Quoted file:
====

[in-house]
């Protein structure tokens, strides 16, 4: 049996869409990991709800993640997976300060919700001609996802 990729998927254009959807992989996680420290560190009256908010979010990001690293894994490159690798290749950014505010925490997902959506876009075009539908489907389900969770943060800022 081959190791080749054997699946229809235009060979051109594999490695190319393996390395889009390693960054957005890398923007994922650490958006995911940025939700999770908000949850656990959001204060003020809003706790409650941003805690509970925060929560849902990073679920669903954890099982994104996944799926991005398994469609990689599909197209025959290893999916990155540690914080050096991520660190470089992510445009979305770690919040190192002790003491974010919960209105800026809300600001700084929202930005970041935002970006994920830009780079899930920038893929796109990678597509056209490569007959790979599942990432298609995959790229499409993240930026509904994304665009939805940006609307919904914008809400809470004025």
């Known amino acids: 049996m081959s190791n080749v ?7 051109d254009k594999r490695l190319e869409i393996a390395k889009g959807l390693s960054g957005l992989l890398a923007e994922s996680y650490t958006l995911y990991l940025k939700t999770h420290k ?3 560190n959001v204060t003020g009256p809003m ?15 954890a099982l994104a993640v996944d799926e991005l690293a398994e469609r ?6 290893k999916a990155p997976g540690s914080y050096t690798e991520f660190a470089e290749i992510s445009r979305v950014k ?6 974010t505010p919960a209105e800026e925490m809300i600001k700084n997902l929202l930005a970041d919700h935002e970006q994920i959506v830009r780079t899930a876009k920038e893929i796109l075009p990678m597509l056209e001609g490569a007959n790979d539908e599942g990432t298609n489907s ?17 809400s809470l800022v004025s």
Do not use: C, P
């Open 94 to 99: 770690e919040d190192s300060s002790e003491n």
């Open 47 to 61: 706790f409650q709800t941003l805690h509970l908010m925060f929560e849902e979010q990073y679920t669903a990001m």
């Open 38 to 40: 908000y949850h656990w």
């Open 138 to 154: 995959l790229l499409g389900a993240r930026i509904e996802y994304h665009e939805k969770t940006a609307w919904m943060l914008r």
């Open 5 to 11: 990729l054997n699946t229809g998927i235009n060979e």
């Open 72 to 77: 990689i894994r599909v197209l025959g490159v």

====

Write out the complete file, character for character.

[in-house]
């Protein structure tokens, strides 16, 4: 049996869409990991709800993640997976300060919700001609996802 990729998927254009959807992989996680420290560190009256908010979010990001690293894994490159690798290749950014505010925490997902959506876009075009539908489907389900969770943060800022 081959190791080749054997699946229809235009060979051109594999490695190319393996390395889009390693960054957005890398923007994922650490958006995911940025939700999770908000949850656990959001204060003020809003706790409650941003805690509970925060929560849902990073679920669903954890099982994104996944799926991005398994469609990689599909197209025959290893999916990155540690914080050096991520660190470089992510445009979305770690919040190192002790003491974010919960209105800026809300600001700084929202930005970041935002970006994920830009780079899930920038893929796109990678597509056209490569007959790979599942990432298609995959790229499409993240930026509904994304665009939805940006609307919904914008809400809470004025």
């Known amino acids: 049996m081959s190791n080749v ?7 051109d254009k594999r490695l190319e869409i393996a390395k889009g959807l390693s960054g957005l992989l890398a923007e994922s996680y650490t958006l995911y990991l940025k939700t999770h420290k ?3 560190n959001v204060t003020g009256p809003m ?15 954890a099982l994104a993640v996944d799926e991005l690293a398994e469609r ?6 290893k999916a990155p997976g540690s914080y050096t690798e991520f660190a470089e290749i992510s445009r979305v950014k ?6 974010t505010p919960a209105e800026e925490m809300i600001k700084n997902l929202l930005a970041d919700h935002e970006q994920i959506v830009r780079t899930a876009k920038e893929i796109l075009p990678m597509l056209e001609g490569a007959n790979d539908e599942g990432t298609n489907s ?17 809400s809470l800022v004025s």
Do not use: C, P
């Open 94 to 99: 770690e919040d190192s300060s002790e003491n």
């Open 47 to 61: 706790f409650q709800t941003l805690h509970l908010m925060f929560e849902e979010q990073y679920t669903a990001m």
């Open 38 to 40: 908000y949850h656990w």
């Open 138 to 154: 995959l790229l499409g389900a993240r930026i509904e996802y994304h665009e939805k969770t940006a609307w919904m943060l914008r």
């Open 5 to 11: 990729l054997n699946t229809g998927i235009n060979e």
């Open 72 to 77: 990689i894994r599909v197209l025959g490159v």